So while Orin is technically correct, that having framed this as a request rather than a command, Bland was free to refuse without consequence, there is a good chance it wouldn’t play out so clearly in a courtroom, just as it didn’t on the street.
Whether it should or shouldn’t is a matter of perspective, cops will see this differently than lawprofs, perhaps. Where a judge will come out is harder to predict. But some will assuredly view her response to such a reasonable “request” as being needlessly belligerent to a polite officer.
Next, after Bland refuses to put out her cigarette, the officer says, “Well, you can step on out now.” Bland says that she doesn’t have to get out of the car, and the officer responds with a clear order: “Step out of the car,” which he then repeats a few times, getting louder and louder as Bland refuses and the exchange intensifies.
Did Bland have to comply with the order to get out of the car? Likely yes, but it’s a little complicated.
As Orin properly notes, the question appears settled by the Supreme Court’s decision in Pennsylvania v. Mimms.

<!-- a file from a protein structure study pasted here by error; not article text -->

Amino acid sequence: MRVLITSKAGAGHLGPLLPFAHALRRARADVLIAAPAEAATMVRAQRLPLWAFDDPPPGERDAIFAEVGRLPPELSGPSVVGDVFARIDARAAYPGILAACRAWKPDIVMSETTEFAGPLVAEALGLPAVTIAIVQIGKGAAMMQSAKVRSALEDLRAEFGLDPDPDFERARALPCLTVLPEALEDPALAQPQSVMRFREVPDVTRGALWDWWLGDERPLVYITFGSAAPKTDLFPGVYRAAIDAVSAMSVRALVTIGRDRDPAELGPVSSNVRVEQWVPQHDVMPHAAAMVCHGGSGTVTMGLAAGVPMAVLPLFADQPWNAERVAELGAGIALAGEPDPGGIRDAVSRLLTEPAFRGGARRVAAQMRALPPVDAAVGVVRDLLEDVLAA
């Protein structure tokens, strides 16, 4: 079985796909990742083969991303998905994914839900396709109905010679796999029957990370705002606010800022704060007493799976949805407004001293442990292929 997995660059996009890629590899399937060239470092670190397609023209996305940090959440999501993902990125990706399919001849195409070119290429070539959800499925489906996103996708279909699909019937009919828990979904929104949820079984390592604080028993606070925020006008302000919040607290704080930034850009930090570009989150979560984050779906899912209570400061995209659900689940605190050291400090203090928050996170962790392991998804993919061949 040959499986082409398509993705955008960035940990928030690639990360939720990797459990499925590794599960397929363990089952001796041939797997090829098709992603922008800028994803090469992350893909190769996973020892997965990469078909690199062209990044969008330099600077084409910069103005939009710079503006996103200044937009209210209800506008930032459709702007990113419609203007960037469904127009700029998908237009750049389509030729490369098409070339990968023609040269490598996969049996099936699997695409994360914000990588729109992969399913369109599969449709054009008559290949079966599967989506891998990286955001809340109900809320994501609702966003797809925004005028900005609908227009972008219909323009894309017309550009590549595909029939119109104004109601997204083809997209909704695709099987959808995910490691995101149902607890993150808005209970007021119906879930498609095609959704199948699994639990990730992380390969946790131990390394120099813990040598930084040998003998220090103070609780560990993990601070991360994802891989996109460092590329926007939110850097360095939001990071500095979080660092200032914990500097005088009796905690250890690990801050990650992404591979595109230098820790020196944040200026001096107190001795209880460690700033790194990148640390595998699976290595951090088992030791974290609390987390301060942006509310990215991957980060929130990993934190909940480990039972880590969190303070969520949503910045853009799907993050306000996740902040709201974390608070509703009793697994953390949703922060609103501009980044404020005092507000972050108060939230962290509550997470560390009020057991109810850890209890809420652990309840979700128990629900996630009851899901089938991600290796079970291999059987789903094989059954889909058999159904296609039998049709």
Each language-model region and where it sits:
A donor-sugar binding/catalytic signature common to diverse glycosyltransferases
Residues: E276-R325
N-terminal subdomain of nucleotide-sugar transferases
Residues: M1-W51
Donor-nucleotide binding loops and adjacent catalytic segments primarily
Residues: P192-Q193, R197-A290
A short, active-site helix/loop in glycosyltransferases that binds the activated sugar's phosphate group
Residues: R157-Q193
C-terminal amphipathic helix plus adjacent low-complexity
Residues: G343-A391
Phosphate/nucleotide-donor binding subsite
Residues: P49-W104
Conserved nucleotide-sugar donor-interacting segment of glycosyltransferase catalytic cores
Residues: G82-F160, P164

It’s clear that the officer’s order was lawful under the Fourth Amendment. In Pennsylvania v. Mimms, the Supreme Court held that officers can always order a driver out of a car during a traffic stop…No cause or threat to the officer is required, and it doesn’t matter under the Fourth Amendment if the officer ordered Bland out of the car for a legitimate reason or not.
Also easy? Well, not so much from a theoretical view.
But there’s a complication. The order was lawful under the Fourth Amendment, but was it lawful under the First Amendment?
Maybe the officer ordered Bland out of the car for officer safety reasons (she wasn’t threatening him, but she was getting upset). Or maybe he did it for reasons of officer convenience (to smell less smoke). But watching the video, it’s also plausible that the officer ordered Bland out of the car just to retaliate against her for not being deferential to him. And that might mean that the order violates the First Amendment.